THE CASPIAN HORSE BREED STANDARD
The Caspian is a horse, not a pony, and therefore should be viewed in the same manner as when judging a well-bred horse, that is, the limbs, body and head should all be in proportion to each other.
Foreshortened limbs or a head out of proportion are faults. The overall impression should be that of an elegant, small horse.
Almond shaped, large, dark, set low, often prominent.
Large, low set, finely chiselled, capable of considerable dilation during action.
Short, wide apart, alert, finely drawn, often noticeably in-pricked at the tips.
Wide, vaulted forehead (in most cases the parietal bones do not form a crest but remain open to the occipital crest). Frontal bone should blend into nasal bone in a pleasing slope. Very deep, prominent jawbones and great width between jawbones where they join at the throat. Head tapers to a fine, firm muzzle.
Long supple neck with a finely modelled throatlatch.
Shoulders and Withers
Long, sloping, well modelled, with good withers.
Characteristically slim with deep girth. Chest width in proportion to width of body. It is a fault to have “both legs out of the same hole”. Close coupled, with well defined hindquarters and good “saddle space”.
Long and sloping from hip to point of buttocks. Great length from stifle to hock.
Owing to their mountain origin, Caspians have more angled hocks than lowland breeds.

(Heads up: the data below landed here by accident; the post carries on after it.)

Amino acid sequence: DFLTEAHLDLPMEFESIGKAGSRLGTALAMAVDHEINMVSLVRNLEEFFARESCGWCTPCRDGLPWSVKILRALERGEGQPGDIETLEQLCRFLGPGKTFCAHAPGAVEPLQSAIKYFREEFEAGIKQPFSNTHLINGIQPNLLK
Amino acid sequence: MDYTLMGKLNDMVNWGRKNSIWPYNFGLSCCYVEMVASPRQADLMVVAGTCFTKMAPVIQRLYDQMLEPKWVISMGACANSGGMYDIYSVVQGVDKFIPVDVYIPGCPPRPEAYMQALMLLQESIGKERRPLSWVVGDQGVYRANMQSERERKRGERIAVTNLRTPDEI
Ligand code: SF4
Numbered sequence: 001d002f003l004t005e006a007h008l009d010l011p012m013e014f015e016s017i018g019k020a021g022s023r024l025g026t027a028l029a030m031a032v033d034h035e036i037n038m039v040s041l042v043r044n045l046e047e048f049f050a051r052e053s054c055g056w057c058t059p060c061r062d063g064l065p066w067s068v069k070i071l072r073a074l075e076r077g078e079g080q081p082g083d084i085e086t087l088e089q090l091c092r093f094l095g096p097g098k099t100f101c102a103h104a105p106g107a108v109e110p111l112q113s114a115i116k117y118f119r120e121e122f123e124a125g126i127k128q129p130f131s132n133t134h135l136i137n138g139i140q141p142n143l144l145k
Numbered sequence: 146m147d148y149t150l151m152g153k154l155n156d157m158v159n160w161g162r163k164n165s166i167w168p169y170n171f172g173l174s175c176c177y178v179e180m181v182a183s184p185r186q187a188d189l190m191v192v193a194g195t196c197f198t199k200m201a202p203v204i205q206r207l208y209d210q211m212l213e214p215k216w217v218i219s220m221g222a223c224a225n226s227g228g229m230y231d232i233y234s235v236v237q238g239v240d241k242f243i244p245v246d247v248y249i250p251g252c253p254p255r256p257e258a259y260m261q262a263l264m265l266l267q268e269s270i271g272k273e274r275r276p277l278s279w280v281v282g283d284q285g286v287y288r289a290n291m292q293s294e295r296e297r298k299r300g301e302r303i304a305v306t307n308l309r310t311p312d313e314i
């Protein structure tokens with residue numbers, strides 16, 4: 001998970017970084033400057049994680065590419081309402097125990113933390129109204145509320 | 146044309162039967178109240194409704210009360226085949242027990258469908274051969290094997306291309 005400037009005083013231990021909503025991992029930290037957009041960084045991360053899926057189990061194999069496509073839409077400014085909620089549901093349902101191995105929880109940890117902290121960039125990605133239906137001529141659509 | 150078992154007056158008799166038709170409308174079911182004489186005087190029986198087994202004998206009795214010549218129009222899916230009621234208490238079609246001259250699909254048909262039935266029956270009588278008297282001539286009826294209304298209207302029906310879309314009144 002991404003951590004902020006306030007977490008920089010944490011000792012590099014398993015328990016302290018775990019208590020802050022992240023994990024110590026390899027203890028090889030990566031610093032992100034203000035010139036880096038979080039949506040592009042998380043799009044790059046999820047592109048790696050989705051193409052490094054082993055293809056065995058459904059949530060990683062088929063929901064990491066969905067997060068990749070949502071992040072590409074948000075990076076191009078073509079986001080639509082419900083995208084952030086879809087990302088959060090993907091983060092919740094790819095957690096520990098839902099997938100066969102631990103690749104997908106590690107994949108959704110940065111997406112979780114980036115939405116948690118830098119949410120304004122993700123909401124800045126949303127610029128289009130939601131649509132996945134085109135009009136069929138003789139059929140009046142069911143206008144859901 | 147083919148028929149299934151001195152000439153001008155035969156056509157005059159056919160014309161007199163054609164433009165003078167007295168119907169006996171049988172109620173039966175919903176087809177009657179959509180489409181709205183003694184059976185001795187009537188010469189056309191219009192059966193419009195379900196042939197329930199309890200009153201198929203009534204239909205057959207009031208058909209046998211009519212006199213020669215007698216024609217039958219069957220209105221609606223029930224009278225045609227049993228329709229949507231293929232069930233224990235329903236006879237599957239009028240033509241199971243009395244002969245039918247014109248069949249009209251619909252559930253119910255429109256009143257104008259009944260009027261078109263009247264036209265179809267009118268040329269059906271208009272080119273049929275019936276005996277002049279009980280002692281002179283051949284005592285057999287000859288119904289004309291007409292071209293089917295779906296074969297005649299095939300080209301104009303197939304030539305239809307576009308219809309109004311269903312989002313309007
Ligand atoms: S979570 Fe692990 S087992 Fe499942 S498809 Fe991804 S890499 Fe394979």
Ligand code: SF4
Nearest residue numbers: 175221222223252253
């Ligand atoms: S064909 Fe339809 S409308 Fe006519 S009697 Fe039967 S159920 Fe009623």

Characteristically slender with dense, flat bone and flat knees. Good slope to pasterns, neither upright nor over sloping.
Both front and back are usually oval and neat, with immensely strong wall and sole, and very little frog. It must be emphasized, however, that this might vary with location and terrain and hoofs should be maintained in their natural shape to ensure correct hoof balance and soundness. They should never be artificially shaped.
Coat, Skin and Hair
Skin thin, fine and supple, dark except under white markings. Coat silky and flat, often with iridescent sheen in summer. Thick winter coat. Mane and tail abundant but fine and silky. Mane usually lies flat (as in Thoroughbreds) but can grow to great lengths. Tail carried gaily in action. Limbs generally clean with little or no feathering at the fetlock.
All colours, except piebald or skewbald (pinto). Greys will go through many shades of roan before fading to near white at maturity.
Varies with feeding, care and climate. Growth rate in the young is extremely rapid with the young Caspian making most of its height in the first 18 months, filling out with maturity. The average height is 11.2 hands high (hh)(1.17m) and ideally should not exceed 12.2 hh (1.27m).
Action / Performance
Natural floating action at all gaits. Long low swinging trot with spectacular use of the shoulder. Smooth, rocking canter, rapid flat gallop. Naturally light and agile with exceptional jumping ability.
Highly intelligent and alert, but very kind and willing.